Find older versions of the Insider with the menu below.
Disruptive Technologies: InSitu Manufacturing
Jun 6, 2012
By Tim Shinbara, Technical Director, AMT-The Association For Manufacturing Technology
There are times where it’s not one specific technology that causes a disruption to the normal way of doing business, but instead a novel integration and application of a suite of technologies. The term in-situ manufacturing is one such example, positioned rather interestingly within wind turbine manufacturing. Recently, I talked with George “Nick” Bullen, FSME, CPIM, the CEO of Smart Blades, Inc. He has managed to integrate aerospace composite technologies, structural health monitoring technologies, and modular manufacturing for application in the wind turbine industry.
Traditional wind turbine design uses epoxy-based composites for blade manufacture because it delivers a key combination of environmental, production, and cost advantages over other resin systems. Epoxies also improve wind turbine blade composite manufacture by allowing for shorter cure cycles, increased durability, and improved surface finish. However, all of these manufacturers use brick and mortar fixed factories to fabricate and ship blades manufactured using a common process called liquid resin infusion. The process of liquid resin infusion is labor intensive and limits the application of automation in the manufacturing process, restricts economic use of embedded sensors, and reduces the use of flexible manufacturing systems.
Bullen’s approach incorporates nano-coatings and deicing bladders that shed moisture and ice as well as advanced wireless sensors that will obtain an improved picture of the dynamics of the blade in real time and feed data to a quantitative multivariable control system. Manufacturing the advanced composite structure exploits new automated tape laying processes and out-of-autoclave material resins that allow embedded wireless sensors as well as supporting aero-elastic tailoring (based on air vehicle designs that passively reduces strain at tips and edges at high wind speed).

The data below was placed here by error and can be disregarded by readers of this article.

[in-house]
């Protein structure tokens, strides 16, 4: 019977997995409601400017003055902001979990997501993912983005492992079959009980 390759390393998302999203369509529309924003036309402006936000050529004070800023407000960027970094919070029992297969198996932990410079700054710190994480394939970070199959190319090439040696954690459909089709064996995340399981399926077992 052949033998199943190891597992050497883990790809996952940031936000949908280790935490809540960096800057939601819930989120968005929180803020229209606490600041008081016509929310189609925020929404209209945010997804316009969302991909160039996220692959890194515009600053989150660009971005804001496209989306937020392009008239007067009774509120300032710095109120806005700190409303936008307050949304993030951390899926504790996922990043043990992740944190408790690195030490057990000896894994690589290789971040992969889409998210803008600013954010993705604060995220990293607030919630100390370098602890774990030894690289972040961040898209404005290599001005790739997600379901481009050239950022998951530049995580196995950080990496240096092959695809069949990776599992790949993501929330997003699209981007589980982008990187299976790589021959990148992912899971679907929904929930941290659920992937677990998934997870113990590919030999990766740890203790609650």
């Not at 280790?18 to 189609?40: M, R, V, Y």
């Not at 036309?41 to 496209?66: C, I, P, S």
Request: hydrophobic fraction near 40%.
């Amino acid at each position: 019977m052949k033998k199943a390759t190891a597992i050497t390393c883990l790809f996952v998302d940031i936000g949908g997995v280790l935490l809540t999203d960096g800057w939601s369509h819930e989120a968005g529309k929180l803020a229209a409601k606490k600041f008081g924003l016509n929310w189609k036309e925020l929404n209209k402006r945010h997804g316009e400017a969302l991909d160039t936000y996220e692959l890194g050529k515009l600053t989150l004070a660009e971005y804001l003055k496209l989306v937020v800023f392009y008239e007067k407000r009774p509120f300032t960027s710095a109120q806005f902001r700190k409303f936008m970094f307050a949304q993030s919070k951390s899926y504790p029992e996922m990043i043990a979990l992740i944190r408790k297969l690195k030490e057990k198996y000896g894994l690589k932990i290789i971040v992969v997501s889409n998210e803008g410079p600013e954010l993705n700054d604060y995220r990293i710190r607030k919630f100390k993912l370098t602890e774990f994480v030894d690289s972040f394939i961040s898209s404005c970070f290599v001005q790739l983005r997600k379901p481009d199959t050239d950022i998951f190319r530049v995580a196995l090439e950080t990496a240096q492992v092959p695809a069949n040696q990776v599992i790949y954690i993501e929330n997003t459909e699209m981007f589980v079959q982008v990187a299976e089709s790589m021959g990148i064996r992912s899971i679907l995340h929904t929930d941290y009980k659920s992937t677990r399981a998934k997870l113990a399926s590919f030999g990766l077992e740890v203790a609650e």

With the growth in size of turbine blades, an in-situ manufacturing system for large composite structures enables such capabilities to be packaged and transported to the installation site where blades would be manufactured and assembled with generators. Then the factory would be broken down and transported to the next farm for setup and blade manufacture. Site manufacture saves transport cost for large blades and incentivizes local monetary contribution.
As a way to better understand the deployment challenges of manufacturing technologies, allow me to quickly define and reference Manufacturing Readiness Levels (MRL). An MRL is a Department of Defense tool that allows technologies to be evaluated with manufacturing insertion in mind. As you mature in MRL (from 1 – 10,) you are moving from research and development (MRL 1 – 4) to production (MRL 8 – 10). The previously mentioned diverse technologies that currently come from universities and industry have been proven independently and represent MRLs that are in the 6 – 7 range. Taking these independently developed and matured technologies and combining them in a unique way would reduce their collective MRL level to a 3 and Bullen is working on maturing this modular manufacturing concept to MRL 6+ for implementation.